Bastille Day attack hits France on national holiday, 'symbol of liberty'

At least 84 people are dead in Nice, France after a truck zigzagged for more than a mile through a crowded Bastille Day celebration on Thursday, striking pedestrians.

Eric Gaillard/Reuters
Investigators work on the scene near the truck that rammed into dozens of people at a Bastille Day celebration in Nice, France.

At least 84 people are dead and some 50 more critically injured in Nice, France after a truck zigzagged for more than a mile through a crowded Bastille Day celebration on Thursday evening, striking pedestrians. 

Police identified the driver, who was shot and killed, as a 31-year-old man named Mohamed Lahouaiej Bouhlel. Mr. Bouhlel had been in trouble for petty crimes in the past, according to the BBC, but was not on a terrorism watch list. Local media reported that his neighbors said he had seemed unstable and unhappy following his divorce. 

No militant group has claimed affiliation with the driver, but officials are treating it as an attack either inspired by the so-called Islamic State or carried out with coordination from the group. In a late-night address on Thursday, French president Francois Hollande said that the “terroristic character” of the attack “cannot be denied” and linked it to French military actions in Syria and Iraq.

“It is clear that we must do everything we can to fight against the scourge of terrorism,” he said.

"France was hit on the day of her national holiday, the 14th of July, symbol of liberty, because the rights of man are denied by fanatics and France is inevitably their target."

"Nothing will lead us to give in, to give up our fight against terrorism. We will continue to reinforce our actions in Syria and Iraq," Hollande said. "We will continue to strike those who are attacking us on our own soil."

Under Hollande’s leadership, France has been among the West’s most active countries in ongoing military campaigns in Syria and Iraq, carrying out hundreds of airstrikes against IS targets and delivering the most fervent denunciations of Syrian president Bashar Al-Assad’s regime.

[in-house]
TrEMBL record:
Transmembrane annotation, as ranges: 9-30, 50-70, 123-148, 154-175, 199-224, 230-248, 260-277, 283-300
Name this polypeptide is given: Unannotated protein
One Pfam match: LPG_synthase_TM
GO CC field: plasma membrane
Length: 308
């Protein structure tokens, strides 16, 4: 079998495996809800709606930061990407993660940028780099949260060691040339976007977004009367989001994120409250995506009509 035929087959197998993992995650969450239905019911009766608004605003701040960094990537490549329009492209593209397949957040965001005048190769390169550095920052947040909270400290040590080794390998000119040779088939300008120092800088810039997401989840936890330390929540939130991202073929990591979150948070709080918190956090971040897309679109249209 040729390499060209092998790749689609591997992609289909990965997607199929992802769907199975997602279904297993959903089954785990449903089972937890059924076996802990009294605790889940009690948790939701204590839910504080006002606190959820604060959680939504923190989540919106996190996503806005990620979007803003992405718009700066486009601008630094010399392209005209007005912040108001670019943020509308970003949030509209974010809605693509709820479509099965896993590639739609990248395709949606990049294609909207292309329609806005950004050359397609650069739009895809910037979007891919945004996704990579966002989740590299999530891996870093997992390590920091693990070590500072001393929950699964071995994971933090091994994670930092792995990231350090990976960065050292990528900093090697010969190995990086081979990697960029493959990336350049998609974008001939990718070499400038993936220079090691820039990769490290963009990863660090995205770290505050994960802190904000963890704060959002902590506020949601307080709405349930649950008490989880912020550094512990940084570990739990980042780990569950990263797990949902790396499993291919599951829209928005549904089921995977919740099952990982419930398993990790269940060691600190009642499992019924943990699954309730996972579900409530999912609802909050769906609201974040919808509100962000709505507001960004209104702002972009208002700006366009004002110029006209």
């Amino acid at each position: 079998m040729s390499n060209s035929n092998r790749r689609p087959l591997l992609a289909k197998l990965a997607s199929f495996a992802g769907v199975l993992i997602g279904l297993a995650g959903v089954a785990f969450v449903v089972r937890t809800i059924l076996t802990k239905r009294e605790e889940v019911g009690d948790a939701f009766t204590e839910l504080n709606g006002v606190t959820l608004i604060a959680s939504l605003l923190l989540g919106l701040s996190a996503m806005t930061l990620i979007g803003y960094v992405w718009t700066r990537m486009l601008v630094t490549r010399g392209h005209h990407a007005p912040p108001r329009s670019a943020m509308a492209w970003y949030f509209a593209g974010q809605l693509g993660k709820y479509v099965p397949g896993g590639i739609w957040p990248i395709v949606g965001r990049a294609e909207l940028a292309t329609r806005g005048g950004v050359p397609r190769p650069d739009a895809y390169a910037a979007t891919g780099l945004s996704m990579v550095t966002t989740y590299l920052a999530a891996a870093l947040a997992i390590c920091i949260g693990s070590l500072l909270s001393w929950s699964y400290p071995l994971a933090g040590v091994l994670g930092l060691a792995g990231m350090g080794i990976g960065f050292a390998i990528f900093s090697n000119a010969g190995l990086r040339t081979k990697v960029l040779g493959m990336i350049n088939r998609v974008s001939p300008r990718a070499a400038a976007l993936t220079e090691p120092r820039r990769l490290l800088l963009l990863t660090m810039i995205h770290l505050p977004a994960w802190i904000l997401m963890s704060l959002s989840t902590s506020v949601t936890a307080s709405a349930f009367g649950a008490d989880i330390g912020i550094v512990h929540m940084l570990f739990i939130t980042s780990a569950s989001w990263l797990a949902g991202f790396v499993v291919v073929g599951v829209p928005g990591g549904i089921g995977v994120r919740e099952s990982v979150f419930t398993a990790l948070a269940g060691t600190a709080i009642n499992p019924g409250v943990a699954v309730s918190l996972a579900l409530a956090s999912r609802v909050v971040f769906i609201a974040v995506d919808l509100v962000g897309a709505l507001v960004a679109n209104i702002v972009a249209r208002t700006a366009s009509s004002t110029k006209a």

US officials also linked the attack to French military involvement in those two countries. In Moscow, where secretary of state John Kerry was beginning talks with Russian foreign minister Sergei Lavrov over details of a proposed military collaboration in Syria, Kerry emphasized how much of that country had become a hotbed for terrorist groups, referring to the “incredible carnage” of the events in Nice.

“I think people all over the world are looking to us and waiting for us to find a faster and more tangible way for them feeling that everything that is possible has been done to end this terrorist scourge and to unite the world in the most comprehensive efforts possible to fight back against their nihilistic and depraved approach to life and death," Kerry said.

President Barack Obama also condemned the attacks in a statement, expressing “solidarity and partnership with France” and offering French officials assistance in their investigations.

"On this Bastille Day, we are reminded of the extraordinary resilience and democratic values that have made France an inspiration to the entire world, and we know that the character of the French Republic will endure long after this devastating and tragic loss of life," he said. 

The crowd in Nice had assembled by the city's scenic waterfront for a fireworks display as part of a celebration of France's national independence day. Some witnesses said they initially believed the driver was drunk and had lost control of the vehicle, ABC News reported.

The attacks came days after the end of soccer's Euro Championship, which were held in France this year. Security was on high alert throughout the games, and many French residents relaxed as the event came to a close. 

But the new attack "shattered the country’s tenuous sense of calm, raising the stakes for a country – and continent – struggling to maintain a steady hand in the face of sustained and low-tech attacks," as The Christian Science Monitor reported early Friday morning:

This is the deadliest European attack since 9/11 outside a major capital, and at a very family oriented event. Because of the target and the choice of weapon, the challenge to European security has grown, as security officials seek to confront threats that have taken myriad forms and shapes.

"People were resting after the Euro [soccer championship], everything went OK, they were thinking, 'We can finally enjoy July 14,'" says Karim Emile Bitar, a senior research fellow at the Institute for International and Strategic Relations in Paris, who was heading to Nice where he has vacationed since he was a child.

"[Nice] is a powerful symbol. It is tourism season, July 14, a city known for cosmopolitanism, where pretty much the entire world goes," he says. "[The terrorists'] communication strategy, and their ruthlessness, makes for an explosive cocktail."

Two Americans on vacation in Nice – Sean Copeland of Lakeway, Texas and his 11-year-old son Brodie – were among those killed, reported NBC News.

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